You’re likely already aware of good foods to eat to prevent constipation.
Prunes, fruits, vegetables, whole grains, and other high-fiber foods help promote regular bowel movements and feed the beneficial bacteria in your digestive system.
On the other hand, low-fiber foods can worsen constipation and might leave you reaching for laxatives in your medicine cabinet.
If you’re prone to getting constipated or are looking to relieve this uncomfortable but common ailment, read on for some foods to avoid.
9 foods to avoid when constipated
1. Dairy products
Dairy products are a common staple in many people’s kitchens, but eating too much dairy may lead to constipation. Children are especially prone to constipation from eating dairy products, which might be caused by an intolerance to the proteins found in cow’s milk.
Dairy products like yogurt, cheese, and milk contain many beneficial nutrients, but they are naturally fiber-free because they aren’t plant-based food.
Some dairy products are especially problematic for constipation because of the combination of being high in fat and low in fiber. Cheese is known to be a constipation-causing food because of this.
Some dairy products like yogurt contain beneficial bacteria that promote your gut health. Including those types of foods in moderation can be a part of a gut-healthy diet that helps prevent constipation.
2. Red meat
Like all non-plant-based foods, meat doesn’t contain fiber. Dietary fiber is essential for promoting regular, healthy bowel movements.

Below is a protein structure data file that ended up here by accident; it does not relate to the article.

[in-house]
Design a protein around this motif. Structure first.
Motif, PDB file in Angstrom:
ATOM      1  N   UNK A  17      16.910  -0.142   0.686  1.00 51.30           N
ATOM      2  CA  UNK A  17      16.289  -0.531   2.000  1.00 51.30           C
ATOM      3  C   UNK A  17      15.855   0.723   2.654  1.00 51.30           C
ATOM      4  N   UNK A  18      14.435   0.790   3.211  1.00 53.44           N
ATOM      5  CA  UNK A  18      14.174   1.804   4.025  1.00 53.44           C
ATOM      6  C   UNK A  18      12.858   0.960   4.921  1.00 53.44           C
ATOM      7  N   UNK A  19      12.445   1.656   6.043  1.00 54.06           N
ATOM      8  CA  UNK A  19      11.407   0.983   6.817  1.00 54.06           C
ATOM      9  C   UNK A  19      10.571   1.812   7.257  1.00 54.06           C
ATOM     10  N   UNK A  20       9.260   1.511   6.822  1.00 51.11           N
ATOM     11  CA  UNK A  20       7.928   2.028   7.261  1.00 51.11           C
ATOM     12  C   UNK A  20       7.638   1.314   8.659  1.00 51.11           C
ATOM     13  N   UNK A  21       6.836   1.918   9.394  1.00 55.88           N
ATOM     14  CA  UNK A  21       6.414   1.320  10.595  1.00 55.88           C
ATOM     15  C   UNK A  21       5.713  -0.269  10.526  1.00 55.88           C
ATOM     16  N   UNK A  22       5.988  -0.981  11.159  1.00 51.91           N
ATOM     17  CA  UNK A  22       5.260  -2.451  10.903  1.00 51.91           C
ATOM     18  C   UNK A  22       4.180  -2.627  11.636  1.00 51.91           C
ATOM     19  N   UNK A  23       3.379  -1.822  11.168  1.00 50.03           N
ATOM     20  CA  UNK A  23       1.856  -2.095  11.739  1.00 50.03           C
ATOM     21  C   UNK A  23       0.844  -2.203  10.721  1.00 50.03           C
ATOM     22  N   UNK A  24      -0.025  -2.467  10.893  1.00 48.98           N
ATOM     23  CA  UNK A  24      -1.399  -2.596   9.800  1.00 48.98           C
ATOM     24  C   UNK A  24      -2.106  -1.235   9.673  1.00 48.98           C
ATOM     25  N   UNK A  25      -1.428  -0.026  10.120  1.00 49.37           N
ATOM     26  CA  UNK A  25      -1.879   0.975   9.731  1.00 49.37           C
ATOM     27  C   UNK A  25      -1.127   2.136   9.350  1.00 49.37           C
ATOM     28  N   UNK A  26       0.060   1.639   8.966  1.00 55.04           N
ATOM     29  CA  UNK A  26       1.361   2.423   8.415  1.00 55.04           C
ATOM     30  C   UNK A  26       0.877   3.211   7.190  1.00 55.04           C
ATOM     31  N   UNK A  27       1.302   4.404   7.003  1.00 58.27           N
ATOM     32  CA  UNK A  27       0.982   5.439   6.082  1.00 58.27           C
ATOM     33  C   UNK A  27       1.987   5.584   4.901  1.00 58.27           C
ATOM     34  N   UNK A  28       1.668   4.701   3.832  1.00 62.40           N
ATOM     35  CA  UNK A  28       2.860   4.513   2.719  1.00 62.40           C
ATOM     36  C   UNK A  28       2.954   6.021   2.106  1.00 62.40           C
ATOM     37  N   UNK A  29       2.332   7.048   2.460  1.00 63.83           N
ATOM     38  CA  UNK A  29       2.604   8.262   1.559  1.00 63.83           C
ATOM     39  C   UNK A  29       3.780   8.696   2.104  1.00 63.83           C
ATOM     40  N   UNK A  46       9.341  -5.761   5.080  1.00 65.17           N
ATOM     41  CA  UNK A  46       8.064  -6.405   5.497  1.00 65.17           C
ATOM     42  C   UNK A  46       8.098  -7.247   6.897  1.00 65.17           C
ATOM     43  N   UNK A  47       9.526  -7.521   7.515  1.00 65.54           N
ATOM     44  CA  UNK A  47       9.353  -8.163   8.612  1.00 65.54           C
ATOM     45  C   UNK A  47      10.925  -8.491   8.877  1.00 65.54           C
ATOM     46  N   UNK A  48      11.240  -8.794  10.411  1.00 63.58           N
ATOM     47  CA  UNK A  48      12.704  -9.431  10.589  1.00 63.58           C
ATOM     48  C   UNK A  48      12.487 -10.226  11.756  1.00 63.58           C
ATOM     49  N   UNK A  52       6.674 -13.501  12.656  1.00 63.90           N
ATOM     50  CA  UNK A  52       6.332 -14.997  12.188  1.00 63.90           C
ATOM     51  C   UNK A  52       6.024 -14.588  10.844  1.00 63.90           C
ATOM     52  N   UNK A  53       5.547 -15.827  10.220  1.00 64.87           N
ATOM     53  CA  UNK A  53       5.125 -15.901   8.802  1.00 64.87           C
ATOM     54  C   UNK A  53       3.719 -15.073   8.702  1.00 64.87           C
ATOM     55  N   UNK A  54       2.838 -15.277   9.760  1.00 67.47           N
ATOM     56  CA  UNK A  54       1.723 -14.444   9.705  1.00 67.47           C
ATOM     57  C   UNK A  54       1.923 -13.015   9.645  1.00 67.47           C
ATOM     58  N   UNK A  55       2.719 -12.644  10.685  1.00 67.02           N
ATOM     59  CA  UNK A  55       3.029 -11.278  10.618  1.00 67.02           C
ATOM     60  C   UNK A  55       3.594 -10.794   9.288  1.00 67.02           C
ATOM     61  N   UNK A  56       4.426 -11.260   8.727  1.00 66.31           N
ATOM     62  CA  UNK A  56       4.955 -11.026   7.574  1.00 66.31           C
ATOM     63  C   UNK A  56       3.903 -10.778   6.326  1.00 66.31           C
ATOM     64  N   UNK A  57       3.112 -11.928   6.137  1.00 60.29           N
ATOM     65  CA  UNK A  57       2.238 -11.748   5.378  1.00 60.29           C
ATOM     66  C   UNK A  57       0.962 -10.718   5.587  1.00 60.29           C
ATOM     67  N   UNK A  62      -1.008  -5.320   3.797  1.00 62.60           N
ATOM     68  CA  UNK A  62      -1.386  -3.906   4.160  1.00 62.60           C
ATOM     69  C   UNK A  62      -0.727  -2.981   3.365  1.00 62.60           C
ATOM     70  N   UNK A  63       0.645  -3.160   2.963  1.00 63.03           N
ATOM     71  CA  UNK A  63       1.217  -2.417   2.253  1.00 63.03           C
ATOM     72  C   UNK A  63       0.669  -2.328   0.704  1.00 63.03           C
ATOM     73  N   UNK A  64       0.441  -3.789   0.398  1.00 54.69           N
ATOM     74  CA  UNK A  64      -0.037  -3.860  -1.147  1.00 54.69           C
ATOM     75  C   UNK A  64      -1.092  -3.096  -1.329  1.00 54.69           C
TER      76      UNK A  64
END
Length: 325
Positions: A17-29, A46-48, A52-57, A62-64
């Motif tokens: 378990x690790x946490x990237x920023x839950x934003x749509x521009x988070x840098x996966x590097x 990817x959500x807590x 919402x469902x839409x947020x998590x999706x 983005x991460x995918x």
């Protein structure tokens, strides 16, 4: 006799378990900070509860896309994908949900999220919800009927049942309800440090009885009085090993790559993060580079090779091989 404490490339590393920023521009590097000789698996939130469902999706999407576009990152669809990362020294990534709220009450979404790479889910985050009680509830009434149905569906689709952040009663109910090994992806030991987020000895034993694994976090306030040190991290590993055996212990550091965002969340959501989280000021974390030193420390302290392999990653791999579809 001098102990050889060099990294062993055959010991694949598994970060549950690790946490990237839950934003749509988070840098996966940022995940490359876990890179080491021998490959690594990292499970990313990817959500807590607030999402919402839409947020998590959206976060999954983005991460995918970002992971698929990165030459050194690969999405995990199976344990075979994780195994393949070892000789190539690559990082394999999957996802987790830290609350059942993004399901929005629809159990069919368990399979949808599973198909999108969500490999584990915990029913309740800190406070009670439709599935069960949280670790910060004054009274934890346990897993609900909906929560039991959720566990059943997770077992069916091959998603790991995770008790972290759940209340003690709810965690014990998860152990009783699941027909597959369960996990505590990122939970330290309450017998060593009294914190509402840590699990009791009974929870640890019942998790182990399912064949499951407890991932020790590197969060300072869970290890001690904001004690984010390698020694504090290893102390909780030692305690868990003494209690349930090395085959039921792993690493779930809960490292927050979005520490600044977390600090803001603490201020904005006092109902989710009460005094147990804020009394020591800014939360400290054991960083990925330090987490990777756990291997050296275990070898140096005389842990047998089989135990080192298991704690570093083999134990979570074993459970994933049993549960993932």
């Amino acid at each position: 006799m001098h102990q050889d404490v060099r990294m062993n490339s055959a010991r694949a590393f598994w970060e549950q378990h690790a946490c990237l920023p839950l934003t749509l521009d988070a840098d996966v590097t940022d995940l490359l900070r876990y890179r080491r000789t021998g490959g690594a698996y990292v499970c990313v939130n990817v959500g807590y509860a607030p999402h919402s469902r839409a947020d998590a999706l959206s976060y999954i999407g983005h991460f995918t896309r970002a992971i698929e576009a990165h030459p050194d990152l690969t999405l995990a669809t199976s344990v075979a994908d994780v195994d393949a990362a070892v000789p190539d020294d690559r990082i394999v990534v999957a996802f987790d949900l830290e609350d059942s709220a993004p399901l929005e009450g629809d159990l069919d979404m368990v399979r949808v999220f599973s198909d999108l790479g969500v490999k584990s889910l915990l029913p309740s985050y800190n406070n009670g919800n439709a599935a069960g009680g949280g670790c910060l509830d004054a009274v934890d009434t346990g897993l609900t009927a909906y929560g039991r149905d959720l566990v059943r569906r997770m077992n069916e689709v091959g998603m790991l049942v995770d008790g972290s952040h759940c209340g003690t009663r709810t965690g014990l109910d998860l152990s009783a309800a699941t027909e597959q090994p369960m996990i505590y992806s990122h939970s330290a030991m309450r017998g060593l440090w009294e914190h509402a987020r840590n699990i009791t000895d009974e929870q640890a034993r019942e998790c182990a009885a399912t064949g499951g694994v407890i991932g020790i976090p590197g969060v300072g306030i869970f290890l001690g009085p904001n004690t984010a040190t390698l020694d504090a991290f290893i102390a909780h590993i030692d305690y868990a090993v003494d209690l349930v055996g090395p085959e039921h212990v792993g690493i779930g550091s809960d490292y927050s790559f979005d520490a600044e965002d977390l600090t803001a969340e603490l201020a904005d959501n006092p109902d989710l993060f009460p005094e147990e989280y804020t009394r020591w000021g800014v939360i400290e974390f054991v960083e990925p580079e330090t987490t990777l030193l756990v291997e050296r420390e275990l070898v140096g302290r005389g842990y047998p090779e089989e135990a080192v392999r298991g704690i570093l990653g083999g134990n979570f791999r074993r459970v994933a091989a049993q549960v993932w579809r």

Eating a high-meat diet without enough fruits, vegetables, and whole grains can cause constipation and isn’t good for your health in general.
3. High-fat, low-fiber foods
Foods like chips, french fries, and other high-fat, low-fiber foods can worsen constipation.
Fat takes a long time to empty from your stomach into your intestines. This slowed digestion time coupled with a lack of fiber can delay bowel movements, which can worsen the discomfort associated with constipation.
On the other hand, eating high-fat foods along with high-fiber foods can be beneficial for constipation. High-fiber foods help add bulk to stools and shorten digestion time, while fat can be lubricating and help soften stools.
Your hydration status plays a big role in your digestive health and bowel patterns. While eating fiber is great for your digestive system, it won’t provide constipation relief if you don’t have enough fluid.
Alcohol is dehydrating because it causes your body to release more water, which is why you might have noticed that you have to urinate more often when drinking alcohol.
If you’re losing more fluids in the form of urine, that can cause dehydration. When you’re dehydrated, your stools can become more difficult to pass.
Drinks with a high alcohol content can slow peristalsis, which is the involuntary contraction and relaxation of the muscles in your digestive tract. Peristalsis helps propel food from your mouth through your digestive tract to be eliminated in the form of a bowel movement.
To prevent constipation while drinking alcohol, try to avoid drinking more than one drink a day if you’re a woman and no more than two drinks per day if you’re a man. Be sure to drink plenty of water if you’re drinking alcohol, which can help offset its dehydrating abilities.
Drinking caffeine can help prevent constipation in some instances, but it can also be constipating in others.
Caffeine is a stimulant, which means it promotes the contraction of the muscles of your digestive tract. These muscle contractions keep food and stool moving through your digestive system, preventing constipation and promoting regular bowel movements.
However, drinking caffeine can be dehydrating, which can worsen constipation. If you aren’t eating much fiber or drinking much water, you may find that caffeine worsens your constipation.
6. Refined grains (white bread, etc.)